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Tolerating the community detection resolution limit with edge weighting

Proposed for publication in the Proceedings of the National Academy of Sciences.

Hendrickson, Bruce A.; Laviolette, Randall A.; Phillips, Cynthia A.; Berry, Jonathan W.

Communities of vertices within a giant network such as the World-Wide-Web are likely to be vastly smaller than the network itself. However, Fortunato and Barthelemy have proved that modularity maximization algorithms for community detection may fail to resolve communities with fewer than {radical} L/2 edges, where L is the number of edges in the entire network. This resolution limit leads modularity maximization algorithms to have notoriously poor accuracy on many real networks. Fortunato and Barthelemy's argument can be extended to networks with weighted edges as well, and we derive this corollary argument. We conclude that weighted modularity algorithms may fail to resolve communities with fewer than {radical} W{epsilon}/2 total edge weight, where W is the total edge weight in the network and {epsilon} is the maximum weight of an inter-community edge. If {epsilon} is small, then small communities can be resolved. Given a weighted or unweighted network, we describe how to derive new edge weights in order to achieve a low {epsilon}, we modify the 'CNM' community detection algorithm to maximize weighted modularity, and show that the resulting algorithm has greatly improved accuracy. In experiments with an emerging community standard benchmark, we find that our simple CNM variant is competitive with the most accurate community detection methods yet proposed.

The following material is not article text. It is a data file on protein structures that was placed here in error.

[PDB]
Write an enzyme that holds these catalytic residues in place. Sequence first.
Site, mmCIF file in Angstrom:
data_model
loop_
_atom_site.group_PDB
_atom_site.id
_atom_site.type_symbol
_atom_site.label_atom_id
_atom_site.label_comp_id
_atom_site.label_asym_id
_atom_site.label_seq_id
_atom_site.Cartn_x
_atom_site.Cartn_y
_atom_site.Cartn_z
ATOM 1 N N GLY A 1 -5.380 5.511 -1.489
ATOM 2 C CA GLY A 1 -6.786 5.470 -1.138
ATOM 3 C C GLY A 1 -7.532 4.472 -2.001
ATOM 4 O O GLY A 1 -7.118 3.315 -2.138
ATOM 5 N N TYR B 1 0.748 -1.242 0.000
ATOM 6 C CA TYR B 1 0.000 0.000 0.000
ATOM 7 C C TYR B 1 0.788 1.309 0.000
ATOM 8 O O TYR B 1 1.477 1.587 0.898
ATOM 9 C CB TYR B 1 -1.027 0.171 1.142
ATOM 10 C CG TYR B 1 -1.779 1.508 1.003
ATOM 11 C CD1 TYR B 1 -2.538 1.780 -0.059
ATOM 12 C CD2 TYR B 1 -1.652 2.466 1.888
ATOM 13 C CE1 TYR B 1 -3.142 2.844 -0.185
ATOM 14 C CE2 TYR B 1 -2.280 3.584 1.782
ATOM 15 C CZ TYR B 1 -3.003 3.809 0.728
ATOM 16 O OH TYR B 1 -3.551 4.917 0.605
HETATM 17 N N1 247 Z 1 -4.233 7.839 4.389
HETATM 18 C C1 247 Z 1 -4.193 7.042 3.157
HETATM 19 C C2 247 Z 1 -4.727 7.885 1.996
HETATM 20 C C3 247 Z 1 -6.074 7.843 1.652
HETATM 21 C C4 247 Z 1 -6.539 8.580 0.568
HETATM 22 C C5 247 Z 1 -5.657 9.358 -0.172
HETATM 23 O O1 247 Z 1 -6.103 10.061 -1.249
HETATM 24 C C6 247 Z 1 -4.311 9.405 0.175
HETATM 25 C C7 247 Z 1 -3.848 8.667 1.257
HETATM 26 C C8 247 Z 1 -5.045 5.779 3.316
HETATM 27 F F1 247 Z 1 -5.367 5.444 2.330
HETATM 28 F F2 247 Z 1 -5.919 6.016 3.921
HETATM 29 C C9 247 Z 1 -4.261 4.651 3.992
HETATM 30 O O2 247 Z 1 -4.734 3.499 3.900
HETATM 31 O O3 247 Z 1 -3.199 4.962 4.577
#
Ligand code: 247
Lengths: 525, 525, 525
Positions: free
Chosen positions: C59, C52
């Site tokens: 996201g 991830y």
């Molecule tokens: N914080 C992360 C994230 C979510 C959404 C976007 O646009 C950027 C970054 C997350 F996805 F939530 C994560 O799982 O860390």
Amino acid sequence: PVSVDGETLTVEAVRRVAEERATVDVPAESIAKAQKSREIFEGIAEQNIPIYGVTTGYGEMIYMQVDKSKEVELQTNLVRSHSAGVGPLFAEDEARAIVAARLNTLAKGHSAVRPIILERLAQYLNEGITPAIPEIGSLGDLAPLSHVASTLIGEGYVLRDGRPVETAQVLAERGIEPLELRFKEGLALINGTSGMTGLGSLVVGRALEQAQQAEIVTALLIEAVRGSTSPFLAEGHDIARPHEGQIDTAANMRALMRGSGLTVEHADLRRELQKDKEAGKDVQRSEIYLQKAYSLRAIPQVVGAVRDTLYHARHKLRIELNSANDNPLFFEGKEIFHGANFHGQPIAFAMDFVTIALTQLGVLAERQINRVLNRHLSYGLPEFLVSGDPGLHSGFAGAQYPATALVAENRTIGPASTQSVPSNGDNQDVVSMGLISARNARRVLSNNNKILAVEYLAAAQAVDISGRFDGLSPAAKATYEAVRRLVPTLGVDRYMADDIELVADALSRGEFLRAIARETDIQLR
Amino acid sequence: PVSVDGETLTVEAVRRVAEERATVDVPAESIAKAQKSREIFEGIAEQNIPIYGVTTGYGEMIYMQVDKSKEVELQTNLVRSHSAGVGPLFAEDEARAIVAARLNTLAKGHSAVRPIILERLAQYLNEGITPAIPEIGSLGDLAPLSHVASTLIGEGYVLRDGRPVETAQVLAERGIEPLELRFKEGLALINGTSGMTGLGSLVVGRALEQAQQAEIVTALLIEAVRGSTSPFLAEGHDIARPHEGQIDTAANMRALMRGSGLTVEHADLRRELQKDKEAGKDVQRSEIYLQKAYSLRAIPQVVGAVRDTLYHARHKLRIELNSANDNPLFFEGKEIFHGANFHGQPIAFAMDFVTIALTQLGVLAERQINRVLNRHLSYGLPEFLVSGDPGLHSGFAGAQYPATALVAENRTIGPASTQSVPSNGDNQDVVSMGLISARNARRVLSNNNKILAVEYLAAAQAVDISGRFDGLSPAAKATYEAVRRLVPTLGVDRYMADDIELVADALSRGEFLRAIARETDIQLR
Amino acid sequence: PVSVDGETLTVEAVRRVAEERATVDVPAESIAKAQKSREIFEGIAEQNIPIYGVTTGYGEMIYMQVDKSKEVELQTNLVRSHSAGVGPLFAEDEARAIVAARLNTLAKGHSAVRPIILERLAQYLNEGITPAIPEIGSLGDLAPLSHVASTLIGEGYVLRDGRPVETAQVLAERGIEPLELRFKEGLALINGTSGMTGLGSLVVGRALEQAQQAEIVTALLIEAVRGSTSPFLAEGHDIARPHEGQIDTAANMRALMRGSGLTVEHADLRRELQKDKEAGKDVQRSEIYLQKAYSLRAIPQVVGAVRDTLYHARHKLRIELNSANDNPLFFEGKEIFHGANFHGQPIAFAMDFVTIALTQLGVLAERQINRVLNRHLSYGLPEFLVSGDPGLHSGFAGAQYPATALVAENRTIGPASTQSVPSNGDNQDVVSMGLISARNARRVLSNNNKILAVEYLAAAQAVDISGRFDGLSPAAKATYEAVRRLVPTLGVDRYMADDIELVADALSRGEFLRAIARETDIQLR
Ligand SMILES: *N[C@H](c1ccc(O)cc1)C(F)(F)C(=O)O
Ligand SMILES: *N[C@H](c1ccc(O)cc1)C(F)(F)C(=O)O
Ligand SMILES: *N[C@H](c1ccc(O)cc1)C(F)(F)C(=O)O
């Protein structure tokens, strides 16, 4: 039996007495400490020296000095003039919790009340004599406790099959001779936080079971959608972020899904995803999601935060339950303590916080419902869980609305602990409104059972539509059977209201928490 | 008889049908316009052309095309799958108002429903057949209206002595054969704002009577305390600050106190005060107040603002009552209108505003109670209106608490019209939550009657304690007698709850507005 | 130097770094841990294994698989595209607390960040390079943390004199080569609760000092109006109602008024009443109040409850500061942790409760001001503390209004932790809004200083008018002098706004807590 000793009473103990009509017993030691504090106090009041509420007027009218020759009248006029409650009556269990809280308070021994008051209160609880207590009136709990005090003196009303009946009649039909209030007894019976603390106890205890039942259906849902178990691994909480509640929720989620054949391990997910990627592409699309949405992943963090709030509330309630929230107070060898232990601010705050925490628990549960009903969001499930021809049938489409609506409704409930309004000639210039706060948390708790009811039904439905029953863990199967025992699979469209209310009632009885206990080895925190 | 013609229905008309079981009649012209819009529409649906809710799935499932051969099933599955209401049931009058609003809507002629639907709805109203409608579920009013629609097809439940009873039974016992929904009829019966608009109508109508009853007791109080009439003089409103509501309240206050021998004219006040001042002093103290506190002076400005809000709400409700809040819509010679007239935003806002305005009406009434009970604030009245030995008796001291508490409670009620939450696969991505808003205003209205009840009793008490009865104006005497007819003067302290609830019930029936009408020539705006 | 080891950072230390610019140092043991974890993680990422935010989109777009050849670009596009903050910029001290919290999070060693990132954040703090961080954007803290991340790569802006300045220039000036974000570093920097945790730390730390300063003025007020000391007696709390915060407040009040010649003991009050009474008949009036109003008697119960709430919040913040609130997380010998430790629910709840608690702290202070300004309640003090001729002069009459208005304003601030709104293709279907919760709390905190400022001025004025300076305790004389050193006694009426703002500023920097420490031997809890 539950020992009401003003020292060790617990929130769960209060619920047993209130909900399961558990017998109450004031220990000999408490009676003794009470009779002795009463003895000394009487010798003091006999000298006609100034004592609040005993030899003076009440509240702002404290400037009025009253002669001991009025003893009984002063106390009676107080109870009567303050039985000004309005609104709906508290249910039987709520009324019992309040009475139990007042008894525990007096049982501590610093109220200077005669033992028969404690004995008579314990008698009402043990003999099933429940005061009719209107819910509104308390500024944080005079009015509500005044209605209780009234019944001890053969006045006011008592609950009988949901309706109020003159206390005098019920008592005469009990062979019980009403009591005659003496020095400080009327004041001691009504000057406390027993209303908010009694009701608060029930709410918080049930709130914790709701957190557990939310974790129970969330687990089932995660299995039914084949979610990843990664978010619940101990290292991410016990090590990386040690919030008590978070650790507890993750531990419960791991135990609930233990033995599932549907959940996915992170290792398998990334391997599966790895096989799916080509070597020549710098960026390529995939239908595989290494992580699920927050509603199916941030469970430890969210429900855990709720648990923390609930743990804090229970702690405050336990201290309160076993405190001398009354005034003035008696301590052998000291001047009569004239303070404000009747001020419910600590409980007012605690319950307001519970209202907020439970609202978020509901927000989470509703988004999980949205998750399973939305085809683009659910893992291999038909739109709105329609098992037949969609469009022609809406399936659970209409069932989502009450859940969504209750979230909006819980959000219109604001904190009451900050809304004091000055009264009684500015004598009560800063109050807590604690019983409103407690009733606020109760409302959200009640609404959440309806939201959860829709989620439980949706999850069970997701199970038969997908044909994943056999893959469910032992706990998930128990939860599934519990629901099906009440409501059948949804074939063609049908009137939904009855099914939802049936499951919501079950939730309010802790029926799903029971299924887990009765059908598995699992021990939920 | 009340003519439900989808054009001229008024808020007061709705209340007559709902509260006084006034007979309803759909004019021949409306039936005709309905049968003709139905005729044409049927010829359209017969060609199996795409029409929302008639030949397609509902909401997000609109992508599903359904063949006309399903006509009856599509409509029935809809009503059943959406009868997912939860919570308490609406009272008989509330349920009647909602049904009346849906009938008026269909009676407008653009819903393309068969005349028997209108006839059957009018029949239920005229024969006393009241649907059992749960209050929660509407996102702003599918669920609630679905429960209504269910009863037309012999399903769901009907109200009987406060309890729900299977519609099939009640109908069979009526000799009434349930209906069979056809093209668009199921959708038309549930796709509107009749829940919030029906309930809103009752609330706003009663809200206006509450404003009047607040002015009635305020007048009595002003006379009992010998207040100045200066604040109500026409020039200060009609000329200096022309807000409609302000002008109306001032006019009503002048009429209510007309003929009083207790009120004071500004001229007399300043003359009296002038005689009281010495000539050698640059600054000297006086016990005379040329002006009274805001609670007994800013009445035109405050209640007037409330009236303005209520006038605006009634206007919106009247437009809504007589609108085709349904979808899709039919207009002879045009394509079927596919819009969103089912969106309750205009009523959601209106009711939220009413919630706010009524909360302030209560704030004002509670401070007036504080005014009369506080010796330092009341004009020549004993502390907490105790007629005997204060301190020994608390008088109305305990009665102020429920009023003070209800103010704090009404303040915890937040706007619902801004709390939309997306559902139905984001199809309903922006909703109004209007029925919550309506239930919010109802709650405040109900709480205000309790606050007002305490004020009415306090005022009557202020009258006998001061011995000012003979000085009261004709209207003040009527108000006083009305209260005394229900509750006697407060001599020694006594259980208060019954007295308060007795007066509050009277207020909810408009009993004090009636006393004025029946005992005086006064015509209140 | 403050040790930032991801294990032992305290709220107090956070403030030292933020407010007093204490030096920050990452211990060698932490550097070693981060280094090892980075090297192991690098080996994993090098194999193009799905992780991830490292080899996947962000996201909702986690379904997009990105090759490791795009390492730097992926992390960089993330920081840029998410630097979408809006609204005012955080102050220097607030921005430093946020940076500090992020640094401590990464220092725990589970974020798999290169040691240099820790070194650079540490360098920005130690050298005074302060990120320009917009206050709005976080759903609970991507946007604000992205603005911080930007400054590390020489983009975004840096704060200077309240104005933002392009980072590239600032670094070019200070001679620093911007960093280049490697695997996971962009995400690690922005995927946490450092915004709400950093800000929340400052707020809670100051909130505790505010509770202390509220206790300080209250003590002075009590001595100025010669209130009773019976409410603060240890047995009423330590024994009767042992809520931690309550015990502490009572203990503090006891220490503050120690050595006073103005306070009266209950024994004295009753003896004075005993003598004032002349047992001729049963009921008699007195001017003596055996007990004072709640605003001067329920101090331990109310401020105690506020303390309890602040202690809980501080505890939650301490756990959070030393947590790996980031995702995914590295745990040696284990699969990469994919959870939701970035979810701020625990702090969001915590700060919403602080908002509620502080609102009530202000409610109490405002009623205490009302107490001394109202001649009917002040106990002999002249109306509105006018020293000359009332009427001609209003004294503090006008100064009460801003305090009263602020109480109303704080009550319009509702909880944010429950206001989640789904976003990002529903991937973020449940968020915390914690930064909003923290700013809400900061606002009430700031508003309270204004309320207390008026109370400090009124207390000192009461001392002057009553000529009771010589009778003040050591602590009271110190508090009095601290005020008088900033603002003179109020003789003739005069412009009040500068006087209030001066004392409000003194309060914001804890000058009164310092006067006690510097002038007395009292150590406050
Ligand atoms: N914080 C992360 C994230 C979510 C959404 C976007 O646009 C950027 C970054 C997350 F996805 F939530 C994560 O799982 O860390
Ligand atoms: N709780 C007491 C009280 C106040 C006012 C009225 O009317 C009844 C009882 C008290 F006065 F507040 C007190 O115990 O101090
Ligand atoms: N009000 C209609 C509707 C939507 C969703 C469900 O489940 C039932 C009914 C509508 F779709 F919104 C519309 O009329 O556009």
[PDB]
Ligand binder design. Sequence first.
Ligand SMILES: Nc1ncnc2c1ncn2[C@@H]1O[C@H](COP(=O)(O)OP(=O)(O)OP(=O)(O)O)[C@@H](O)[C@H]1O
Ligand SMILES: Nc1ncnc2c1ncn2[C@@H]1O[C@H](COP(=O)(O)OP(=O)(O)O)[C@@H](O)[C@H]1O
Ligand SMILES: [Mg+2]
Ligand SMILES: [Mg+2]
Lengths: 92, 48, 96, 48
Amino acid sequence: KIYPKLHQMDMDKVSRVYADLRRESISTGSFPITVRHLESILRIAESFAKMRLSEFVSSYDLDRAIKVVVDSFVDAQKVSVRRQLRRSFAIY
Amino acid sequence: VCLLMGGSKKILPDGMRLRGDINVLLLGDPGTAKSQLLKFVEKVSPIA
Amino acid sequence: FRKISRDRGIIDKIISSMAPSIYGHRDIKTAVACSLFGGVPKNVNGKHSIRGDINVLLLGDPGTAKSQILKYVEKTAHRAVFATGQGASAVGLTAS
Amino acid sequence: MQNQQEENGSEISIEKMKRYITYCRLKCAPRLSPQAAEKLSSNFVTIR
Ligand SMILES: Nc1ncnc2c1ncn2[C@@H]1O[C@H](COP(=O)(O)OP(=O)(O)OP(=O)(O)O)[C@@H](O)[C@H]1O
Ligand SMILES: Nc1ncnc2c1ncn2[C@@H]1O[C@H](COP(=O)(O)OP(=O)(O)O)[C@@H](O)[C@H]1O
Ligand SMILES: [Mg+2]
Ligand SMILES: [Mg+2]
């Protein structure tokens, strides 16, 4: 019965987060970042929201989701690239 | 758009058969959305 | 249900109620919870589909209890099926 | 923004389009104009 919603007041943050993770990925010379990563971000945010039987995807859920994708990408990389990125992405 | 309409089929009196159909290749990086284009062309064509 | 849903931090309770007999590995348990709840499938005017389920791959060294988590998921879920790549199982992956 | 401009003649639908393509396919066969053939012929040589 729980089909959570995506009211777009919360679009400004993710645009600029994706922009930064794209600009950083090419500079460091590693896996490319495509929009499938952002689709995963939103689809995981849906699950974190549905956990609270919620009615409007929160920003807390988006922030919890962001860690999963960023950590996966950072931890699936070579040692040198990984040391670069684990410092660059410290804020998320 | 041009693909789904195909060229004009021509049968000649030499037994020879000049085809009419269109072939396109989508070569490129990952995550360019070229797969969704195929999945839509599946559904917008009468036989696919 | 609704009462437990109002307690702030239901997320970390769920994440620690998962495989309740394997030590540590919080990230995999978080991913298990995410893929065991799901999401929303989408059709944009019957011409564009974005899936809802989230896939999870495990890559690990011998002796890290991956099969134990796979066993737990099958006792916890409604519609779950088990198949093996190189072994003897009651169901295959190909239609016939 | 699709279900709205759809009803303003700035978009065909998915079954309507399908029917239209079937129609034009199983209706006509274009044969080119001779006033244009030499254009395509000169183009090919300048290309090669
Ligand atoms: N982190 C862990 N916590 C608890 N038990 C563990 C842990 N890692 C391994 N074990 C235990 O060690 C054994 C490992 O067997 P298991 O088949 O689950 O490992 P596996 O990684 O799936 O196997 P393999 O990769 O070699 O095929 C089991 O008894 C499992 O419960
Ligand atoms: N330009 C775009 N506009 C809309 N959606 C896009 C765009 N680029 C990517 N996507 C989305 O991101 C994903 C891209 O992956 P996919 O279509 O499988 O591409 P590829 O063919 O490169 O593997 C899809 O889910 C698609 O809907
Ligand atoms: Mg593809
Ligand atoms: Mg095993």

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Solving elliptic finite element systems in near-linear time with support preconditioners

SIAM Journal on Numerical Analysis

Boman, Erik G.; Hendrickson, Bruce A.; Vavasis, Stephen

We consider linear systems arising from the use of the finite element method for solving scalar linear elliptic problems. Our main result is that these linear systems, which are symmetric and positive semidefinite, are well approximated by symmetric diagonally dominant matrices. Our framework for defining matrix approximation is support theory. Significant graph theoretic work has already been developed in the support framework for preconditioners in the diagonally dominant case, and, in particular, it is known that such systems can be solved with iterative methods in nearly linear time. Thus, our approximation result implies that these graph theoretic techniques can also solve a class of finite element problems in nearly linear time. We show that the support number bounds, which control the number of iterations in the preconditioned iterative solver, depend on mesh quality measures but not on the problem size or shape of the domain. © 2008 Society for Industrial and Applied Mathematics.

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Results 1–25 of 57
Results 1–25 of 57